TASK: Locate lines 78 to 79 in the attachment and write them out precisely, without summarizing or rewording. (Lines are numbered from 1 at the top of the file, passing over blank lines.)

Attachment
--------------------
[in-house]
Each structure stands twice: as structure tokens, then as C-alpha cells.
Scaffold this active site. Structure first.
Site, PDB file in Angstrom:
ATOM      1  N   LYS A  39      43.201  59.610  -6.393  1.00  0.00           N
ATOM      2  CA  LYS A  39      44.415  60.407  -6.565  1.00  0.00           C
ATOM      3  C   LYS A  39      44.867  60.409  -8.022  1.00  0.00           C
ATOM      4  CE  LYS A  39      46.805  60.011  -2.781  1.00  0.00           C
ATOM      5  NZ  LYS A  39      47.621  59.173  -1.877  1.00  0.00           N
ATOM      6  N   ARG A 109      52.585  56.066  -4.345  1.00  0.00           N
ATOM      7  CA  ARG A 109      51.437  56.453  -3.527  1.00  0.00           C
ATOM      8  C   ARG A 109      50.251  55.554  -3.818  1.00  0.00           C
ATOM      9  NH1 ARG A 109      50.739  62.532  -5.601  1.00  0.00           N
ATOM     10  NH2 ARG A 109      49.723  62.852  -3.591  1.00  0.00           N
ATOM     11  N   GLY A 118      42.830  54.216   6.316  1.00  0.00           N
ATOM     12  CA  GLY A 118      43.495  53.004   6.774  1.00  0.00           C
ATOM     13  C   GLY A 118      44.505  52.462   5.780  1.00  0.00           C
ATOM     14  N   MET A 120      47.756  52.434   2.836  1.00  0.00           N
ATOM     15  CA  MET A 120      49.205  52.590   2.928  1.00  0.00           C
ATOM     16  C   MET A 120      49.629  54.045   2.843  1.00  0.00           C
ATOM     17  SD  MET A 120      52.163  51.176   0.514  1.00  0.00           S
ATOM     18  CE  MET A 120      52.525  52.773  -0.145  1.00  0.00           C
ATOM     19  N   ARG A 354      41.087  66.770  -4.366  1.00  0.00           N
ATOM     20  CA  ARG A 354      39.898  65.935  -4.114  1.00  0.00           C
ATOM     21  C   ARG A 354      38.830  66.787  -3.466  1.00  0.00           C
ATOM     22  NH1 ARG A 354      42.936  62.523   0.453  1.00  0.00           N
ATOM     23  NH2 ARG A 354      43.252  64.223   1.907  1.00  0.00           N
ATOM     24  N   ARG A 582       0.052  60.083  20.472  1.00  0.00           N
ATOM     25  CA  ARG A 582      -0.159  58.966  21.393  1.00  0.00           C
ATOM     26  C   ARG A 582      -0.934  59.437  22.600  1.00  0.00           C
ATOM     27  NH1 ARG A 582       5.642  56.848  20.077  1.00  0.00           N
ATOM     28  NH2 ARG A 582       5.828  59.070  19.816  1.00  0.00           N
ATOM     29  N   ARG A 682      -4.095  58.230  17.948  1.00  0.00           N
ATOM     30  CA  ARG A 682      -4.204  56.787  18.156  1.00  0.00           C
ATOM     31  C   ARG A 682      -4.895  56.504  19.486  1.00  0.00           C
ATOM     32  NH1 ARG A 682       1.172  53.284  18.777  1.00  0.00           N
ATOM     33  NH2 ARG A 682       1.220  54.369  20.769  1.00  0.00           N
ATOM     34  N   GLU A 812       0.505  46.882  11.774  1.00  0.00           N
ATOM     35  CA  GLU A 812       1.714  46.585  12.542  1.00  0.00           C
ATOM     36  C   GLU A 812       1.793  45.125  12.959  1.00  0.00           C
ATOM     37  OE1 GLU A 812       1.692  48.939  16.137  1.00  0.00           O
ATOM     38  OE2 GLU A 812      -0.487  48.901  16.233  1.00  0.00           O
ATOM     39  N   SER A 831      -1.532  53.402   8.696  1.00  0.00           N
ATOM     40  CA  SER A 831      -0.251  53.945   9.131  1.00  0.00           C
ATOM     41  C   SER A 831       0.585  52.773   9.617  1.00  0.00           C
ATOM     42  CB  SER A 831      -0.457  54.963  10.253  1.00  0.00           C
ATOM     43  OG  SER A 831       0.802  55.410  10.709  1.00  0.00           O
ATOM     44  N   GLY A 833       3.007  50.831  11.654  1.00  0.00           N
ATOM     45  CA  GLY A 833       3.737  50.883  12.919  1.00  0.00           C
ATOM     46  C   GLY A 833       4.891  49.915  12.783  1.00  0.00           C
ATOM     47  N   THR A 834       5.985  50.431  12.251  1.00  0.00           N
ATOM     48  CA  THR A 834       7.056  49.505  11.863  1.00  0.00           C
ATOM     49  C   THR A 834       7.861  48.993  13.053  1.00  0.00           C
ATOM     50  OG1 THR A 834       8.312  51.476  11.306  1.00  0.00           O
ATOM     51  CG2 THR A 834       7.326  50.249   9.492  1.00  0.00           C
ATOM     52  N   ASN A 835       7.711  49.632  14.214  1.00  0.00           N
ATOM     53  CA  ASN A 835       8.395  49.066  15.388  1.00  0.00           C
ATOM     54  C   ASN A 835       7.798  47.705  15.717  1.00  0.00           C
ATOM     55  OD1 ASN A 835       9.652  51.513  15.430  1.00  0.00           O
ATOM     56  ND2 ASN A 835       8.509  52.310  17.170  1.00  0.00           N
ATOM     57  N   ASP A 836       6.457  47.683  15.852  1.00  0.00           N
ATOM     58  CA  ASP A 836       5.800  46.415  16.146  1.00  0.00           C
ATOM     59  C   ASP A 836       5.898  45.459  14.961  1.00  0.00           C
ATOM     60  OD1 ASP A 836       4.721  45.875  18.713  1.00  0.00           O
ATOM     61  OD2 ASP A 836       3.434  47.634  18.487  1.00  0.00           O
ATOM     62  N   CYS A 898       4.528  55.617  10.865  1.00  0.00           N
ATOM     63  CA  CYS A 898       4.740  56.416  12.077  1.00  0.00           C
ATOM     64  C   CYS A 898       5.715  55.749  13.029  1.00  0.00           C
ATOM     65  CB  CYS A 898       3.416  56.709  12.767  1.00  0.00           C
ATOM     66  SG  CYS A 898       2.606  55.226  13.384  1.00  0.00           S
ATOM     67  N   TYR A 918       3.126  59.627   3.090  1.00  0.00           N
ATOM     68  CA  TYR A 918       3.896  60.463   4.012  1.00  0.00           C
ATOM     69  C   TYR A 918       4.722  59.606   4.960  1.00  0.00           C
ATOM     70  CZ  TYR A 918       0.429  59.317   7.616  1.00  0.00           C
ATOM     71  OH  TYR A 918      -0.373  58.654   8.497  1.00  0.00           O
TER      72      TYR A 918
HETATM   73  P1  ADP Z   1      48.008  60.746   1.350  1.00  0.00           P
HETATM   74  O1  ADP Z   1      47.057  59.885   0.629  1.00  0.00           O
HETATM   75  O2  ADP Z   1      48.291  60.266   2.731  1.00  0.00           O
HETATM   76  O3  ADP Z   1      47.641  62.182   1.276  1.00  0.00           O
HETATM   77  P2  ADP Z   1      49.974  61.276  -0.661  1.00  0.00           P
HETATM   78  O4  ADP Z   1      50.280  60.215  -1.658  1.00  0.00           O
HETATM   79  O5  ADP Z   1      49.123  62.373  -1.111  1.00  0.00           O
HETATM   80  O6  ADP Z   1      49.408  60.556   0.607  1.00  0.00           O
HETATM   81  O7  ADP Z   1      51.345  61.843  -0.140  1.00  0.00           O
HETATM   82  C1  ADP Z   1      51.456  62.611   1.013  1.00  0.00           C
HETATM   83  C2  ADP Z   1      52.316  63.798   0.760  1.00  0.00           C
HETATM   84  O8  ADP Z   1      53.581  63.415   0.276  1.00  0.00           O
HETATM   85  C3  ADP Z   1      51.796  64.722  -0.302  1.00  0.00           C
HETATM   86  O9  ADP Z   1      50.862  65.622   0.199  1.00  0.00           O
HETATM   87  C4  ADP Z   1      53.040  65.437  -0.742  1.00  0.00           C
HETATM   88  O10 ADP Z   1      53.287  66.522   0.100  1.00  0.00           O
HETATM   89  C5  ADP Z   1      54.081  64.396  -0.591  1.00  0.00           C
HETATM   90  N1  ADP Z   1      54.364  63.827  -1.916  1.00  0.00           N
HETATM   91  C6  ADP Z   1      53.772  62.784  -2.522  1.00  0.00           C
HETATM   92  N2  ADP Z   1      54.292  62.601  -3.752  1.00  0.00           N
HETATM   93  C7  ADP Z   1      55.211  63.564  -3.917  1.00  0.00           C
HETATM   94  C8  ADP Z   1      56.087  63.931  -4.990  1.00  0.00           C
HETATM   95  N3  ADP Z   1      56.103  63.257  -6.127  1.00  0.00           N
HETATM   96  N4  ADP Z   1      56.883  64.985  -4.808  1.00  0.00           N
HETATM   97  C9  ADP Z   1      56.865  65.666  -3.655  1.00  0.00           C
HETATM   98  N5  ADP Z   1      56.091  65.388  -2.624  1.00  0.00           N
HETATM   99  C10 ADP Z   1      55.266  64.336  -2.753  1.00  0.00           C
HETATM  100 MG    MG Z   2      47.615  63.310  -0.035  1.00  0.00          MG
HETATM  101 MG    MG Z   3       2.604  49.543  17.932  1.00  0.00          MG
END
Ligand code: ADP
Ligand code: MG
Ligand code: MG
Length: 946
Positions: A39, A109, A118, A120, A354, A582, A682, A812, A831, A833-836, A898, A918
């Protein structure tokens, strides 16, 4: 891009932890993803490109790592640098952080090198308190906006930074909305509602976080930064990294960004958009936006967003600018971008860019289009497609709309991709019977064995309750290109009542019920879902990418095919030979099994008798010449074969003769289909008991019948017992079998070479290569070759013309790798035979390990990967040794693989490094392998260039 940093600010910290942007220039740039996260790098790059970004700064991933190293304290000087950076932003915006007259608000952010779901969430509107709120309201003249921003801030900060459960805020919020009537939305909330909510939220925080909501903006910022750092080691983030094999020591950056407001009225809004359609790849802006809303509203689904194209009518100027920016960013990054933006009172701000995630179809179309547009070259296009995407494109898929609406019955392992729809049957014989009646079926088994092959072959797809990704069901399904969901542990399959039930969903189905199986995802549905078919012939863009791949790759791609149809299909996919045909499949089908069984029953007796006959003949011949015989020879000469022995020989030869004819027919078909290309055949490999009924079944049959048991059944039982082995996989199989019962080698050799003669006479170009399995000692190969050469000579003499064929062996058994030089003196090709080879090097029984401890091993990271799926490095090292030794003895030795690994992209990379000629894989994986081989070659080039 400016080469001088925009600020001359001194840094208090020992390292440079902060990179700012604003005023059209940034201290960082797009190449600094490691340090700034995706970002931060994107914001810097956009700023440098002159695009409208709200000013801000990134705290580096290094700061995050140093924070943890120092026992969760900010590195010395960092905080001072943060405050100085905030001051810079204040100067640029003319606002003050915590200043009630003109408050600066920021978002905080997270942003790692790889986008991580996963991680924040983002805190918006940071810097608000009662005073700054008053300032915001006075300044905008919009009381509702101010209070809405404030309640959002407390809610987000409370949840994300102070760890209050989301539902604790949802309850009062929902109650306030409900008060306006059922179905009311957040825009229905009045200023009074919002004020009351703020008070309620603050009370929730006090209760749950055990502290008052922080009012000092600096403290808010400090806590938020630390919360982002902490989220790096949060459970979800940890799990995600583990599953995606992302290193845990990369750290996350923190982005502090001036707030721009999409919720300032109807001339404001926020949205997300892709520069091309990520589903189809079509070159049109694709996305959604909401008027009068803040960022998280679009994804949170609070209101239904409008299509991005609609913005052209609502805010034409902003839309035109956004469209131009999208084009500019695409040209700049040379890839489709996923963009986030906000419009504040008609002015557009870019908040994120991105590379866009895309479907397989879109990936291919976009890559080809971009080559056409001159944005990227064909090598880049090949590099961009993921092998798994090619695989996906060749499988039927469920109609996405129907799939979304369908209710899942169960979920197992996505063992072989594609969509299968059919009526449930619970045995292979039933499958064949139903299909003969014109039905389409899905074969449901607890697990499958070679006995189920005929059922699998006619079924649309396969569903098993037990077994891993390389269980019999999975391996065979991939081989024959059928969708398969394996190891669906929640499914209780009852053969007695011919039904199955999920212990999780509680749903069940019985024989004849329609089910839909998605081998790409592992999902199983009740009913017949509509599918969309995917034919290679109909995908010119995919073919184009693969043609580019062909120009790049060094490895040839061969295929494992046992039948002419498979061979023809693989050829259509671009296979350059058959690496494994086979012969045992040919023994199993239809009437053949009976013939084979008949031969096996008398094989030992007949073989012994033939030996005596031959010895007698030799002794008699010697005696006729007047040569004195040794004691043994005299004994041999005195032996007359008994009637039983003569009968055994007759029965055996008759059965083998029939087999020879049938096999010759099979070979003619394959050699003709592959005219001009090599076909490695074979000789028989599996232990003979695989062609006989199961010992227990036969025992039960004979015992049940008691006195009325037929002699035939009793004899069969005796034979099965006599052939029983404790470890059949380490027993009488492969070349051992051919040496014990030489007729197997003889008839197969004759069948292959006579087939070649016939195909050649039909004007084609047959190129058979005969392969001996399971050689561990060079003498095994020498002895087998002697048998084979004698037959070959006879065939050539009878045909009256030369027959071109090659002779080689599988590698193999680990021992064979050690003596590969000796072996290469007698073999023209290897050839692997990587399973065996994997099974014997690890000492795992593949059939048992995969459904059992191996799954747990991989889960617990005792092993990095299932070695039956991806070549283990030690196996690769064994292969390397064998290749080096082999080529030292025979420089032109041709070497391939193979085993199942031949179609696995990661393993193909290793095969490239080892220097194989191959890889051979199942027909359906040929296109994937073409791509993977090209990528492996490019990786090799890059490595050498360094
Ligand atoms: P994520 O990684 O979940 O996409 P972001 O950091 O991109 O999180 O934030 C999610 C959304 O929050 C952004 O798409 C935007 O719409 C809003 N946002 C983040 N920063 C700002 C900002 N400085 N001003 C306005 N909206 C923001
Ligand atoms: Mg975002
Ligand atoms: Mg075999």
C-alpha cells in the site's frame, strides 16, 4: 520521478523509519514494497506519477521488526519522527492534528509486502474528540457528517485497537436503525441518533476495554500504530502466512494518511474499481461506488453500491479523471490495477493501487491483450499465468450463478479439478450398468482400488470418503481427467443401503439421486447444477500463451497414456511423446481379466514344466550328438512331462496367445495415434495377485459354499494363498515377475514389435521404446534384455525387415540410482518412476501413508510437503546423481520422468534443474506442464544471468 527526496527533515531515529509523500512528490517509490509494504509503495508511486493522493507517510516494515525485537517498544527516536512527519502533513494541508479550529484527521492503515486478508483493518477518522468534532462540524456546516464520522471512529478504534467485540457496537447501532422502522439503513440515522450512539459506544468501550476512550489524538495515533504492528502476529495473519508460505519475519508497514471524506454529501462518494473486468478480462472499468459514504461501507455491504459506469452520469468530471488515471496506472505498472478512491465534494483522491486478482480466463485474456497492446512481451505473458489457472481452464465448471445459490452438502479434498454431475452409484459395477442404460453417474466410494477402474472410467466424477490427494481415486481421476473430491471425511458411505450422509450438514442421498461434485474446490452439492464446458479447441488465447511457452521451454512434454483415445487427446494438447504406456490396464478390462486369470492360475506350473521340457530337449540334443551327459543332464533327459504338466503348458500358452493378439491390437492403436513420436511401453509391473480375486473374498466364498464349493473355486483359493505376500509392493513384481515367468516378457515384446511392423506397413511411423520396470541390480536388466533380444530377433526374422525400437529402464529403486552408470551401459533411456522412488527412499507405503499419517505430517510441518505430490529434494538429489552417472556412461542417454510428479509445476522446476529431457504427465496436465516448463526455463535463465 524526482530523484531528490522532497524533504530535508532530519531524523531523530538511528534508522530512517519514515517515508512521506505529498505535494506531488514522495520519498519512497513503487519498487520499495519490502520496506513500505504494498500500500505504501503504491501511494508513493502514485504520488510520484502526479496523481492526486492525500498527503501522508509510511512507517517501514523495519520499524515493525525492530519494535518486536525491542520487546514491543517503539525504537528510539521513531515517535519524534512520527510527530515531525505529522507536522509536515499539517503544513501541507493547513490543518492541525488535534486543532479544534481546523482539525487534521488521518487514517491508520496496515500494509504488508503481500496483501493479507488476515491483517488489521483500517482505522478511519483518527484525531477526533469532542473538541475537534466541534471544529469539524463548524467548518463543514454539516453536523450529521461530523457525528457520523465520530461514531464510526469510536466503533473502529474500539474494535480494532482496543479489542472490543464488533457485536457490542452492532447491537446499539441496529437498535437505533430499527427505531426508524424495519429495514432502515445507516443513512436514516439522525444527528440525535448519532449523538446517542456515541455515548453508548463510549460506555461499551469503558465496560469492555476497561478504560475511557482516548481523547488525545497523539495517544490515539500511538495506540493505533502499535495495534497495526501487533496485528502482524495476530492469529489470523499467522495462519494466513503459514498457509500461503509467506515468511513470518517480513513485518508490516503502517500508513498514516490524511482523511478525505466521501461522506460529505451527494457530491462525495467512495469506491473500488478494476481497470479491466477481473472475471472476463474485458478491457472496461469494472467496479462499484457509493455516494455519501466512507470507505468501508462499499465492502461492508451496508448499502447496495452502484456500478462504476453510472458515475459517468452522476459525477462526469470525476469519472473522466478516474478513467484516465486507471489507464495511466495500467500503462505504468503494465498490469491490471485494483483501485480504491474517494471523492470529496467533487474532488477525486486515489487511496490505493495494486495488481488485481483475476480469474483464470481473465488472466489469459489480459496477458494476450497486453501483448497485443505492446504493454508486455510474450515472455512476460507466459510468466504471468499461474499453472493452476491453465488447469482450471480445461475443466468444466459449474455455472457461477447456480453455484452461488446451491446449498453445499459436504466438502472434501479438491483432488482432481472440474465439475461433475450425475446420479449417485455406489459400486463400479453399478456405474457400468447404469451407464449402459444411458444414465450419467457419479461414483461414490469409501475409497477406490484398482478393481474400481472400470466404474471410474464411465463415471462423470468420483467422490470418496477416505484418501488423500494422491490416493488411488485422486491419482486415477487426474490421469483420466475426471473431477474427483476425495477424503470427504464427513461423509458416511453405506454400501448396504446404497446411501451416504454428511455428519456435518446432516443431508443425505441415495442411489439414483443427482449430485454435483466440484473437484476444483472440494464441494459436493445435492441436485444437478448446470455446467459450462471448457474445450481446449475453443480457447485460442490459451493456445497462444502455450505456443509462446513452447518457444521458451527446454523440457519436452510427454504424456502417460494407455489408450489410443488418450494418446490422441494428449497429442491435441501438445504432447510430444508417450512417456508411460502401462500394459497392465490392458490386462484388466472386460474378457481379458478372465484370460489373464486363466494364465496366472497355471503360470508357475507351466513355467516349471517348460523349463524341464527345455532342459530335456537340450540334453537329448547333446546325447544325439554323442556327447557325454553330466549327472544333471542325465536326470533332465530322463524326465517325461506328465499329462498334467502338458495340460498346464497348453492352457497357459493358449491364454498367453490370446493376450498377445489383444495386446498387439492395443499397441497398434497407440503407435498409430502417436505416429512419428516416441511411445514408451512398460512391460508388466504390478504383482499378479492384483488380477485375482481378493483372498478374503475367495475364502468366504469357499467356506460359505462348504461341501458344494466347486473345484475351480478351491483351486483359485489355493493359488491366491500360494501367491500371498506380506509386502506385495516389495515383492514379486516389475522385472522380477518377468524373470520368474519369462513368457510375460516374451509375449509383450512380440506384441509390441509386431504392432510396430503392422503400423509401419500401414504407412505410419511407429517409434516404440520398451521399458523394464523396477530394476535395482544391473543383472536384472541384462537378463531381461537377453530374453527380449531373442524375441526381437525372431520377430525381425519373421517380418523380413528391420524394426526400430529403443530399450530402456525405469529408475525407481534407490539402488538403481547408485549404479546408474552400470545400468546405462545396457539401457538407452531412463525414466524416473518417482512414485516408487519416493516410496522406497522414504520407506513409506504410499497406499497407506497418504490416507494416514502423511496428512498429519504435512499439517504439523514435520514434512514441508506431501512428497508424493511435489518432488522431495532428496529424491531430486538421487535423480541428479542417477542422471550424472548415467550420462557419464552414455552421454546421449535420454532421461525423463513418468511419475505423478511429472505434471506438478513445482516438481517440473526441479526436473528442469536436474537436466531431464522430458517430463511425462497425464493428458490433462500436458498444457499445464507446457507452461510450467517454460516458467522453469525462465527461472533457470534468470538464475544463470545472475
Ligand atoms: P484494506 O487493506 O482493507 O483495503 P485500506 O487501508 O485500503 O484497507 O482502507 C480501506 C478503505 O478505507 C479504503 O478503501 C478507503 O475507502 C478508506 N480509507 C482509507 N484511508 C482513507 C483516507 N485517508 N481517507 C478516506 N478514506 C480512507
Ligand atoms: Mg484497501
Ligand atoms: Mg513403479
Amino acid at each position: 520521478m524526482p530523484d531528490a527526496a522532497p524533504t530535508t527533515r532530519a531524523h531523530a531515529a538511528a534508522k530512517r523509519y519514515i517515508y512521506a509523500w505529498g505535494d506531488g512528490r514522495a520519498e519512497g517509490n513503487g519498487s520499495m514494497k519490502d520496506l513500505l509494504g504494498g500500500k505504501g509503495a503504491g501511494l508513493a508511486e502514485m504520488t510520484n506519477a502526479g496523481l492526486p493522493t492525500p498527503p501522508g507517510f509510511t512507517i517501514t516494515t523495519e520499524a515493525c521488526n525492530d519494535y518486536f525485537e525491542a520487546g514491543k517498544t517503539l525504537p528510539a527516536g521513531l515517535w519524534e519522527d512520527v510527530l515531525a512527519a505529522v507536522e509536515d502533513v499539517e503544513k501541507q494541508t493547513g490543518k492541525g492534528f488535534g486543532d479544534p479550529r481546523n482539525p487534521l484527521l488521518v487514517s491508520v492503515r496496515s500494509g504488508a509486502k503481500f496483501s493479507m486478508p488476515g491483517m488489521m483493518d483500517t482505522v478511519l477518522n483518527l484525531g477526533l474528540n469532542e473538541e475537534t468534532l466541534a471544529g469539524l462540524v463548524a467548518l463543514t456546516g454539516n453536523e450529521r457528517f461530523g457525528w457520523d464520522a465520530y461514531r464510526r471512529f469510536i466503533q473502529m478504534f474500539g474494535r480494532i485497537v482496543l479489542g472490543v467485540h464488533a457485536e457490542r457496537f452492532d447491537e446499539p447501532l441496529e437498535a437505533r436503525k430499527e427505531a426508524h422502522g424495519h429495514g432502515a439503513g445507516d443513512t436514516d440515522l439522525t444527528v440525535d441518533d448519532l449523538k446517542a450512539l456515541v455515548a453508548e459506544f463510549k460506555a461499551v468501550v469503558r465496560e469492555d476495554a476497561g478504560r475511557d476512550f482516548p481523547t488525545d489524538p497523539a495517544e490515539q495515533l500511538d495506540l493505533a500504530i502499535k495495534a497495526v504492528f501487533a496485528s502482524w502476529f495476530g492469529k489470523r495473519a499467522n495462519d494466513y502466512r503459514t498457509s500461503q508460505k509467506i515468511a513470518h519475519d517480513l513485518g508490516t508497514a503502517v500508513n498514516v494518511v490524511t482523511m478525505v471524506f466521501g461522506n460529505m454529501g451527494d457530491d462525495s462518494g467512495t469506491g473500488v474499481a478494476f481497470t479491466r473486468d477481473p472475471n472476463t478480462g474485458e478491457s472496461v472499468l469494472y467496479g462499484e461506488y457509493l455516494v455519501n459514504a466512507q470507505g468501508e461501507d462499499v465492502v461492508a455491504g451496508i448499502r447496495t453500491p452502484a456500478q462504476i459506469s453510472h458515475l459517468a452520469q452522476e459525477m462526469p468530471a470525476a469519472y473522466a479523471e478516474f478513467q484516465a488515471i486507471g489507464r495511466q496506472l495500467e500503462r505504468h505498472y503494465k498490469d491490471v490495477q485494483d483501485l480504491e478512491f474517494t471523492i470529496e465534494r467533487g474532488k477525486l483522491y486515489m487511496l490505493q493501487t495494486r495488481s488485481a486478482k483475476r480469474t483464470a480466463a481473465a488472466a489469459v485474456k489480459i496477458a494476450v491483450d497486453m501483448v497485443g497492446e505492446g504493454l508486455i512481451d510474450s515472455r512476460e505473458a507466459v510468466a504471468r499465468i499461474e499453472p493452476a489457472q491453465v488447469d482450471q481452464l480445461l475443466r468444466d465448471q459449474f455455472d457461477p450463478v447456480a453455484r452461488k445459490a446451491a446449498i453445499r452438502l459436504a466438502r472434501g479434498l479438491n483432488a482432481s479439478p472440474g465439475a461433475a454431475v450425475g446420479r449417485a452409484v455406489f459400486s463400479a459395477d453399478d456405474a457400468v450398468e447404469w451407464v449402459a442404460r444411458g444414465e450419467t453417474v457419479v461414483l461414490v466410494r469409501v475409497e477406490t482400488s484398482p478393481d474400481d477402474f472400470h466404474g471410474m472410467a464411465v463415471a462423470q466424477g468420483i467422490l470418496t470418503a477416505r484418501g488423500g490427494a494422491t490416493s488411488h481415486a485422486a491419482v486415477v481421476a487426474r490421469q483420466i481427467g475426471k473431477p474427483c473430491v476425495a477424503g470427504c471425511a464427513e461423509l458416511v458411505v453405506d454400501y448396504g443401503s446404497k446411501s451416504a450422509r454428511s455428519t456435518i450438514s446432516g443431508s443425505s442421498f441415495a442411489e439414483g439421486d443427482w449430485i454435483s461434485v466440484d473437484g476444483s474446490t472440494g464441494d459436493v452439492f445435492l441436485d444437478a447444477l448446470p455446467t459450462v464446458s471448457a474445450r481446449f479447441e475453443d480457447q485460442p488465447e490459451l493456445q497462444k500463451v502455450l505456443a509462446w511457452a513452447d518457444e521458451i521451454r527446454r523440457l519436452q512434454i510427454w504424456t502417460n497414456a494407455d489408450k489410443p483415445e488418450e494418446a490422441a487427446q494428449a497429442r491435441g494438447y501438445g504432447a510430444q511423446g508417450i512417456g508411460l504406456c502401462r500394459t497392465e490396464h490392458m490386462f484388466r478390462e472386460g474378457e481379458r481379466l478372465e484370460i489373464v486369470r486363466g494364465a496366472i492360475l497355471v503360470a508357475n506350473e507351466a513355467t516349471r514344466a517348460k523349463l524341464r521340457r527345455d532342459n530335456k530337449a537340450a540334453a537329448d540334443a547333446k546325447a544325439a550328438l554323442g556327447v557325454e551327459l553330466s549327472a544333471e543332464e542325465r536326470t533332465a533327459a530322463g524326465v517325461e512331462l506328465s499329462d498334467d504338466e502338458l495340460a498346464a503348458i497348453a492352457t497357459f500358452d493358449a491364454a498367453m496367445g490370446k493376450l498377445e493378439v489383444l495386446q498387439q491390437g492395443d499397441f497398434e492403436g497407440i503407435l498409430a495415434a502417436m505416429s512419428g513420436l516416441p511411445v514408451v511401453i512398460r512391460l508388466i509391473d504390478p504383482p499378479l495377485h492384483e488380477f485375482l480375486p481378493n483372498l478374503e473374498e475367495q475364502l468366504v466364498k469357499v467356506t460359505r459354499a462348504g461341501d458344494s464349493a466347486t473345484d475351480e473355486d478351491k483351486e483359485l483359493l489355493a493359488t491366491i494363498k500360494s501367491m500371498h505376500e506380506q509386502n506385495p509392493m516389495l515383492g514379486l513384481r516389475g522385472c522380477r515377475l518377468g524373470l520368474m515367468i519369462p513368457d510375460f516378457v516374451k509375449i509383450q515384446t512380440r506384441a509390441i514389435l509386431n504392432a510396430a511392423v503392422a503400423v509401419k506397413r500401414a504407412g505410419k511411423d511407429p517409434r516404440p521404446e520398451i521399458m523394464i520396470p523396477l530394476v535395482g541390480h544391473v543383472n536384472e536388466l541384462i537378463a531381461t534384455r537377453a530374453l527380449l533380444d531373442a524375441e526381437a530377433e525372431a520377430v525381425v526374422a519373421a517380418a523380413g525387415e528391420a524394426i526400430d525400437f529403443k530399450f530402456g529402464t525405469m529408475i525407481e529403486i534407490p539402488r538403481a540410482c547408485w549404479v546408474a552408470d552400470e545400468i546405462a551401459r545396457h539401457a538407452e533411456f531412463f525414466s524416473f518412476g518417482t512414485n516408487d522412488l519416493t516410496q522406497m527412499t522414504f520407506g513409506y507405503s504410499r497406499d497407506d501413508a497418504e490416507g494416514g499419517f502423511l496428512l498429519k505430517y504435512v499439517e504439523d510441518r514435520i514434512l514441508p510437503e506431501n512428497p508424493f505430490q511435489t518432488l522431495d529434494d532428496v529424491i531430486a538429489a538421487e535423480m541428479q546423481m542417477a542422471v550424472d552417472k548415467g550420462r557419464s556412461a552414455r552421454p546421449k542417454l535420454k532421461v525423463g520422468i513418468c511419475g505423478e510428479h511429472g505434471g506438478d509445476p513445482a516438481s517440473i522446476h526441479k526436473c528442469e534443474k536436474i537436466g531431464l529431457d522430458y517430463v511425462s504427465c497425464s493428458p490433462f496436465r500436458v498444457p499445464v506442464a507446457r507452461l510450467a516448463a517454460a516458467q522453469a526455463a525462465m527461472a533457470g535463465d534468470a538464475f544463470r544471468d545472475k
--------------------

HETATM   74  O1  ADP Z   1      47.057  59.885   0.629  1.00  0.00           O
HETATM   75  O2  ADP Z   1      48.291  60.266   2.731  1.00  0.00           O